‘Never Have Five Letters Cut So Deep’: Man Takes Heartbreaking Photo at Son’s School

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ROCKWAY, N.J. – A New Jersey father who recently attended his son’s back-to-school night posted a photo on Facebook that many people are calling heartbreaking.

Bob Cornelius prefaces the Facebook post by explaining that his son Christopher is on the autistic spectrum.

When he went to Christopher’s back-to-school night, he saw a project his son completed in class. His son was asked to list his favorite food, sports, television shows, etc.

Cornelius took a picture of it before reading the entire thing, but when he got home and looked back at the picture, something very sad stood out to him.

Christopher was supposed to write who his friends are, and his response was “No one.”

“Never have five letters cut so deep, and they weren’t even directed at me….it was just an overly simplistic statement that spoke volumes,” Cornelius writes. “And because I know him so well, and because I have pretty good handle on him after raising him for eleven years, I know this disconnect makes him feel lonely, and it makes him sad.”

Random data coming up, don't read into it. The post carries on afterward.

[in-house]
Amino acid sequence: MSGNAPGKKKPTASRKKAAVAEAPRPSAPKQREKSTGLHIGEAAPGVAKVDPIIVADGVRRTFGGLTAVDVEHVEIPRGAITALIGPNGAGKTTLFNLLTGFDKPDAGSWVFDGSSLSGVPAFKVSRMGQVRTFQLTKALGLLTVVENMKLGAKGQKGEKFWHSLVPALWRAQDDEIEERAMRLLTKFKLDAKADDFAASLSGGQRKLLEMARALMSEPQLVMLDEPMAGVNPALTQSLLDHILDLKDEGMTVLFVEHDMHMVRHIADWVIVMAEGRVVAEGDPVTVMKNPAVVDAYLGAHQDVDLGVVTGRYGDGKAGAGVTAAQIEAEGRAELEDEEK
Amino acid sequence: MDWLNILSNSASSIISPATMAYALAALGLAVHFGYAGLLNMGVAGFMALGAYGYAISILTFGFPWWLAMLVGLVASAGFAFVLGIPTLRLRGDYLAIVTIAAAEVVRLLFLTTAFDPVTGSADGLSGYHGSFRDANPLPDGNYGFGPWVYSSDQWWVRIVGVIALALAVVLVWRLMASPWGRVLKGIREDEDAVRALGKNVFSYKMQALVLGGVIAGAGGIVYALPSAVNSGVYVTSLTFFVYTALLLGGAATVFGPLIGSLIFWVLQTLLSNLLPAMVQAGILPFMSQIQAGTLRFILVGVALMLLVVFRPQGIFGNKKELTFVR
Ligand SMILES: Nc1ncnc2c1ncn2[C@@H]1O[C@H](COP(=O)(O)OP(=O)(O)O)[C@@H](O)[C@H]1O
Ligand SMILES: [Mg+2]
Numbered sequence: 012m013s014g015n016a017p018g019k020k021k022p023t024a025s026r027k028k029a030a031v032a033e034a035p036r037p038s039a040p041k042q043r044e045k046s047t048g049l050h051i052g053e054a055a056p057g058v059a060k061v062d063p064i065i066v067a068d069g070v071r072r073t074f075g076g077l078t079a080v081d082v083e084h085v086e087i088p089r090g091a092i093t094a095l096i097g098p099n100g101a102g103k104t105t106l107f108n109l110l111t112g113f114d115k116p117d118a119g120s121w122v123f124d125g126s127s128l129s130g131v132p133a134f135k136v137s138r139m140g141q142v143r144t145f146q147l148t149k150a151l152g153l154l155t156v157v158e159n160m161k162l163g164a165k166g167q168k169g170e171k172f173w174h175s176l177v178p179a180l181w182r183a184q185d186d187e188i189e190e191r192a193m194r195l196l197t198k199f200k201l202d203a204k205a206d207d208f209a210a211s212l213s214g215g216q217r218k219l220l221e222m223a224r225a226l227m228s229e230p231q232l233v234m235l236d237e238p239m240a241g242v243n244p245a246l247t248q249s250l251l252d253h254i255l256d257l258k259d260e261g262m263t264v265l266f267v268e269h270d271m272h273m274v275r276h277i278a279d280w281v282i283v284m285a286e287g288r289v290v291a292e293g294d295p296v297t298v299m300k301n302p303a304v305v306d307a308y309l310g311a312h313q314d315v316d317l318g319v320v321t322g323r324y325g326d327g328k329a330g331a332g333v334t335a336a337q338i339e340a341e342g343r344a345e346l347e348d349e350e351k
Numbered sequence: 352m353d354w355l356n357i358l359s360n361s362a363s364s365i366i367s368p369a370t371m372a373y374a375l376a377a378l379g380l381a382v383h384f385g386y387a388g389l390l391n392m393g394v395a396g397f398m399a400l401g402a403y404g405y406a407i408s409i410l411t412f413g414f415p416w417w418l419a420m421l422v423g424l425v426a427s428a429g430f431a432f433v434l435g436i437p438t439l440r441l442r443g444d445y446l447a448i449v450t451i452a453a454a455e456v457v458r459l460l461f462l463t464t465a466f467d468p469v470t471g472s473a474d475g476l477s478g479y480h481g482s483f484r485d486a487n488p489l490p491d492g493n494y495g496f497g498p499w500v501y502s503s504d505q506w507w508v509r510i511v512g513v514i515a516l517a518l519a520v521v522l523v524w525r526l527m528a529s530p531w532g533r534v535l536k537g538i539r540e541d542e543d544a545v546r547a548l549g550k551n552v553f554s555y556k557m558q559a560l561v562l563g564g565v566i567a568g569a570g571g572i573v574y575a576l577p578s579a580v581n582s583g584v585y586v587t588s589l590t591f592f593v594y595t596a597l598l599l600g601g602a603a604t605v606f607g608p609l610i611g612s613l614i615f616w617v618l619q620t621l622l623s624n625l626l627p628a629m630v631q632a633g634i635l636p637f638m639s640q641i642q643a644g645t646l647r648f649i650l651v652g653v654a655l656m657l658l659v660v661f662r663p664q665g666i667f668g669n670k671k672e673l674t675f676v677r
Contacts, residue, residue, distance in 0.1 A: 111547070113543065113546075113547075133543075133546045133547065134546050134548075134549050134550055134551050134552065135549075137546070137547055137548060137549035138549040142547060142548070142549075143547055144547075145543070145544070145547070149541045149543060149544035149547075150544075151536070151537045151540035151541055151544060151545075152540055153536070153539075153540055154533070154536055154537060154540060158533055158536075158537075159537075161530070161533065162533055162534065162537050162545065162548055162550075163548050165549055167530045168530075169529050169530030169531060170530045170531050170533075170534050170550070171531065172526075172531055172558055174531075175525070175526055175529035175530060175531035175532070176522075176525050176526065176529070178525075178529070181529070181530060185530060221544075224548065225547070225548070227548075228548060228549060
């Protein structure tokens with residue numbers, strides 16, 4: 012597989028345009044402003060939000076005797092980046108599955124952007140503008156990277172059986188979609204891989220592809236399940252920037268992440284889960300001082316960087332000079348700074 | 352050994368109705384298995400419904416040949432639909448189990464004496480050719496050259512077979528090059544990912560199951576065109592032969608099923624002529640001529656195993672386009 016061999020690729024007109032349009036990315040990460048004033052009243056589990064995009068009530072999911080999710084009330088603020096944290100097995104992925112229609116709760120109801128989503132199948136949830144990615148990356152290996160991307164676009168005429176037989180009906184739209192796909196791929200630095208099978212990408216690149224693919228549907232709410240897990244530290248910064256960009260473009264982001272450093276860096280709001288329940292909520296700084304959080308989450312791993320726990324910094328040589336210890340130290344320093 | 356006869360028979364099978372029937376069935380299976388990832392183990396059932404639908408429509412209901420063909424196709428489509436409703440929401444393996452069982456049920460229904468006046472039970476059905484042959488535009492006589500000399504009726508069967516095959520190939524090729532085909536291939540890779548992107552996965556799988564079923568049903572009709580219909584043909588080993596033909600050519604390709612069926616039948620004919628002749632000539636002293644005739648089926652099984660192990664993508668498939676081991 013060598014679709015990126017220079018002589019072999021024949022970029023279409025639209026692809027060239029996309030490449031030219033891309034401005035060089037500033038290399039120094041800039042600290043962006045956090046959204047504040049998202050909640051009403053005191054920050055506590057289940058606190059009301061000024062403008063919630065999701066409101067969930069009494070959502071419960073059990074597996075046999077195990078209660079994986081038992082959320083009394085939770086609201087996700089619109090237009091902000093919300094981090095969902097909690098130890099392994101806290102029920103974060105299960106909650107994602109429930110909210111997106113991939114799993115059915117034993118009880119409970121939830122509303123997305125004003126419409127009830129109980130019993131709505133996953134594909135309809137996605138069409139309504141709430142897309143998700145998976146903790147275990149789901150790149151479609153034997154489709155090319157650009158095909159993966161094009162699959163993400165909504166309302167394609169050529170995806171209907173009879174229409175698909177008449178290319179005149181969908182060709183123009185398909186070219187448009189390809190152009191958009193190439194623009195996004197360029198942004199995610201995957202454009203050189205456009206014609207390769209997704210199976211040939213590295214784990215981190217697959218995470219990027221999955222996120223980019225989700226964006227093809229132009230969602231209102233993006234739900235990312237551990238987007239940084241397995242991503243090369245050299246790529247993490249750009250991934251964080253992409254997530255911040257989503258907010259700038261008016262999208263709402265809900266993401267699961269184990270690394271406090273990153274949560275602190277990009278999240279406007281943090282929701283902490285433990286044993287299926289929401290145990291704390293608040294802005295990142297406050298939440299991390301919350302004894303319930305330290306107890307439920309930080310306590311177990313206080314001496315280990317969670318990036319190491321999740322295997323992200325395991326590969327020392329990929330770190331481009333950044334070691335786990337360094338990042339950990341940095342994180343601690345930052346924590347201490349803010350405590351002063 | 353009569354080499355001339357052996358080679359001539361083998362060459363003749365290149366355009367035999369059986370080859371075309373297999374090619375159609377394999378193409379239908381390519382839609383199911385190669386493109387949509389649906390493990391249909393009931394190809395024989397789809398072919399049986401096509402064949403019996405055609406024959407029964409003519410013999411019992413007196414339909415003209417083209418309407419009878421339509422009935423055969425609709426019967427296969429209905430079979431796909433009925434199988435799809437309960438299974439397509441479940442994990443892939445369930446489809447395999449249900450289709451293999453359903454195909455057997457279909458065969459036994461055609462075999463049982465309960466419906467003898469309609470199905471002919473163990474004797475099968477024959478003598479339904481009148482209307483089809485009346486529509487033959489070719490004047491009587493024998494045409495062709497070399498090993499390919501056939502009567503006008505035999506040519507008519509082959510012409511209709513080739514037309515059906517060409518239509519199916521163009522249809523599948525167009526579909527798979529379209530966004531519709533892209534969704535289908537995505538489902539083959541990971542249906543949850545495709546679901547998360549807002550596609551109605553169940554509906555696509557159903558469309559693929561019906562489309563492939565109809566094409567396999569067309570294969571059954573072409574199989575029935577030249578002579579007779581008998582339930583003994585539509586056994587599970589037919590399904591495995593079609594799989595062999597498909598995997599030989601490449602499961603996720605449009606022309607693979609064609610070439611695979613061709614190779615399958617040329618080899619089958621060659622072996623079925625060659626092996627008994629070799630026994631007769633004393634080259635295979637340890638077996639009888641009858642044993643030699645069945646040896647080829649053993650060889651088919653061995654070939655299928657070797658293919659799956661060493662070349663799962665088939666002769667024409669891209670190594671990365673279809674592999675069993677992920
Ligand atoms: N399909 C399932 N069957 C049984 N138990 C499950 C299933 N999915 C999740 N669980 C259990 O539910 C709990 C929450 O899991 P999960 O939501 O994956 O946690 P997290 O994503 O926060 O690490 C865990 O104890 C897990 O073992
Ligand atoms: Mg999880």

Cornelius referenced the story from a few weeks ago when a Florida State player sat down next to a boy in the lunchroom who was eating alone. The boy in that story also had autism, and the reason it was so popular was because it’s unusual.

“If that football player had not sat down next to that child, and if it hadn’t become a national news story, that kid would still be sitting by himself today,” Cornelius writes.

Cornelius hopes this post inspires parents to have a conversation with their children about other children with special needs.

“Please tell them that children with special needs understand far more than we give them credit for. They notice when others exclude them. They notice when they are teased behind their back (a lot of times “behind their back” is right in front of them because they think the “different” child doesn’t understand). But mostly they are very much in tune when they are treated differently from everyone else. Trust me when I tell you this hurts them. Even if it’s not obvious to you and me,” Cornelius writes.